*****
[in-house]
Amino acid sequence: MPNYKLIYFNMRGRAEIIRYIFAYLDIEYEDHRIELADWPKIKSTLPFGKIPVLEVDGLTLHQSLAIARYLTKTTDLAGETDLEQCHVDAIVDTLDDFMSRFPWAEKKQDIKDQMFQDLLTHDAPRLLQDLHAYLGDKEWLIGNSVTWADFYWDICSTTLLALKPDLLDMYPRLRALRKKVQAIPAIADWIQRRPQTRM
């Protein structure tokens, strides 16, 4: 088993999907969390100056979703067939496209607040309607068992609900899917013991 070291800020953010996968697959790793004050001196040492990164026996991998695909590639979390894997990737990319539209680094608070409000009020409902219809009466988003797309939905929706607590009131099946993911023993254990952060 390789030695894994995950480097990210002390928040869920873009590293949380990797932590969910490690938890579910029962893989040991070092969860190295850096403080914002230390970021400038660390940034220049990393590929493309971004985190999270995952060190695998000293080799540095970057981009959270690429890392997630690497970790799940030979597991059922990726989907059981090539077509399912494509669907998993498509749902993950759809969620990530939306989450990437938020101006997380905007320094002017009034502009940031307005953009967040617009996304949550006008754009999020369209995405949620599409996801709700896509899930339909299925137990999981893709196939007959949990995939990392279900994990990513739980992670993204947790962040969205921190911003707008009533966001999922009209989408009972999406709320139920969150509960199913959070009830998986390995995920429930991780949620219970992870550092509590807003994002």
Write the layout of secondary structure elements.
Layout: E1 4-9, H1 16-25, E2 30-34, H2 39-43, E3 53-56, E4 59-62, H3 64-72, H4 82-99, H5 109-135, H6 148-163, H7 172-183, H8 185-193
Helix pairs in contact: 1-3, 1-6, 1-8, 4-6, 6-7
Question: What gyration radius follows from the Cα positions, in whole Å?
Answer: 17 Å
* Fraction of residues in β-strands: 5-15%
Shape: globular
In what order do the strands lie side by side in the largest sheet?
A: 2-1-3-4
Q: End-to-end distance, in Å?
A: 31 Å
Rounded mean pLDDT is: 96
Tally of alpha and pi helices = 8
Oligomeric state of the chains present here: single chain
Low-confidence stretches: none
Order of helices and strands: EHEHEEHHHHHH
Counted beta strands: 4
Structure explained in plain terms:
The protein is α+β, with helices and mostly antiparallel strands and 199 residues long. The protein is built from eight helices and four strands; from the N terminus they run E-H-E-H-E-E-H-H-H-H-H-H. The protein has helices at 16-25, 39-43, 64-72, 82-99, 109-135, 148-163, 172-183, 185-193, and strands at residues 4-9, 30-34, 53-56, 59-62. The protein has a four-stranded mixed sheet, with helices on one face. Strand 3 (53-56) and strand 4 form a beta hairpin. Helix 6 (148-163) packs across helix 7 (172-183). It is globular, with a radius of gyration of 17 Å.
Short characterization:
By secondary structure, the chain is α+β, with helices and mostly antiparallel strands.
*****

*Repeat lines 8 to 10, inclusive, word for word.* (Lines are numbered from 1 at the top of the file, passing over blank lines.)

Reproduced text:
Answer: 17 Å
* Fraction of residues in β-strands: 5-15%
Shape: globular